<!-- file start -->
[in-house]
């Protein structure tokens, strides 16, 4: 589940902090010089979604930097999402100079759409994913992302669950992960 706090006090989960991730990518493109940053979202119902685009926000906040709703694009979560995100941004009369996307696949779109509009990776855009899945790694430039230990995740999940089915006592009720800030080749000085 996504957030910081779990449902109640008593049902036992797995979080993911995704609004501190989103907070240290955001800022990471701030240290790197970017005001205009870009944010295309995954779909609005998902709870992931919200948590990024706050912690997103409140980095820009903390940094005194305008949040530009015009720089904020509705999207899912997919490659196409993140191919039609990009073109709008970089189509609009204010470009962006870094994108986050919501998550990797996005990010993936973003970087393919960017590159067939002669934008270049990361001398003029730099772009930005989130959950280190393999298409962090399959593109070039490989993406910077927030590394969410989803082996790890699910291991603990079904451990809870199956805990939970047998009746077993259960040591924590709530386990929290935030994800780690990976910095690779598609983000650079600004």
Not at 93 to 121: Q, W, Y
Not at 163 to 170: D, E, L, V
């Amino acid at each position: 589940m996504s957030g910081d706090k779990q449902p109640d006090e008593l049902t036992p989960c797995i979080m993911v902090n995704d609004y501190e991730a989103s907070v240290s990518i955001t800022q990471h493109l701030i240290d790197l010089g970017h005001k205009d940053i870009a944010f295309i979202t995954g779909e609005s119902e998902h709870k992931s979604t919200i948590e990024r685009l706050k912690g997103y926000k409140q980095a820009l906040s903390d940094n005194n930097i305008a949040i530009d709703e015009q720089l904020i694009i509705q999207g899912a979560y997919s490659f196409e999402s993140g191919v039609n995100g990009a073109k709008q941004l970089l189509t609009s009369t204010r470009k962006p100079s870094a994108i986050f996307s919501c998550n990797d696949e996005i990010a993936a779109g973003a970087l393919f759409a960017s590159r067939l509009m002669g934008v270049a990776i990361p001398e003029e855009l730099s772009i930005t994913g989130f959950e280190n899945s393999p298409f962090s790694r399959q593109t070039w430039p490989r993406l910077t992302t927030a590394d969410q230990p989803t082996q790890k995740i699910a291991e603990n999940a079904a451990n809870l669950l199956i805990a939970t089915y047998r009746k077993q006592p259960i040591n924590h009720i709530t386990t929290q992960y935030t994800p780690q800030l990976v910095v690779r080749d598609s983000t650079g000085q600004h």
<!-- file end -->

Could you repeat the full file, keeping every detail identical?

[in-house]
């Protein structure tokens, strides 16, 4: 589940902090010089979604930097999402100079759409994913992302669950992960 706090006090989960991730990518493109940053979202119902685009926000906040709703694009979560995100941004009369996307696949779109509009990776855009899945790694430039230990995740999940089915006592009720800030080749000085 996504957030910081779990449902109640008593049902036992797995979080993911995704609004501190989103907070240290955001800022990471701030240290790197970017005001205009870009944010295309995954779909609005998902709870992931919200948590990024706050912690997103409140980095820009903390940094005194305008949040530009015009720089904020509705999207899912997919490659196409993140191919039609990009073109709008970089189509609009204010470009962006870094994108986050919501998550990797996005990010993936973003970087393919960017590159067939002669934008270049990361001398003029730099772009930005989130959950280190393999298409962090399959593109070039490989993406910077927030590394969410989803082996790890699910291991603990079904451990809870199956805990939970047998009746077993259960040591924590709530386990929290935030994800780690990976910095690779598609983000650079600004």
Not at 93 to 121: Q, W, Y
Not at 163 to 170: D, E, L, V
């Amino acid at each position: 589940m996504s957030g910081d706090k779990q449902p109640d006090e008593l049902t036992p989960c797995i979080m993911v902090n995704d609004y501190e991730a989103s907070v240290s990518i955001t800022q990471h493109l701030i240290d790197l010089g970017h005001k205009d940053i870009a944010f295309i979202t995954g779909e609005s119902e998902h709870k992931s979604t919200i948590e990024r685009l706050k912690g997103y926000k409140q980095a820009l906040s903390d940094n005194n930097i305008a949040i530009d709703e015009q720089l904020i694009i509705q999207g899912a979560y997919s490659f196409e999402s993140g191919v039609n995100g990009a073109k709008q941004l970089l189509t609009s009369t204010r470009k962006p100079s870094a994108i986050f996307s919501c998550n990797d696949e996005i990010a993936a779109g973003a970087l393919f759409a960017s590159r067939l509009m002669g934008v270049a990776i990361p001398e003029e855009l730099s772009i930005t994913g989130f959950e280190n899945s393999p298409f962090s790694r399959q593109t070039w430039p490989r993406l910077t992302t927030a590394d969410q230990p989803t082996q790890k995740i699910a291991e603990n999940a079904a451990n809870l669950l199956i805990a939970t089915y047998r009746k077993q006592p259960i040591n924590h009720i709530t386990t929290q992960y935030t994800p780690q800030l990976v910095v690779r080749d598609s983000t650079g000085q600004h």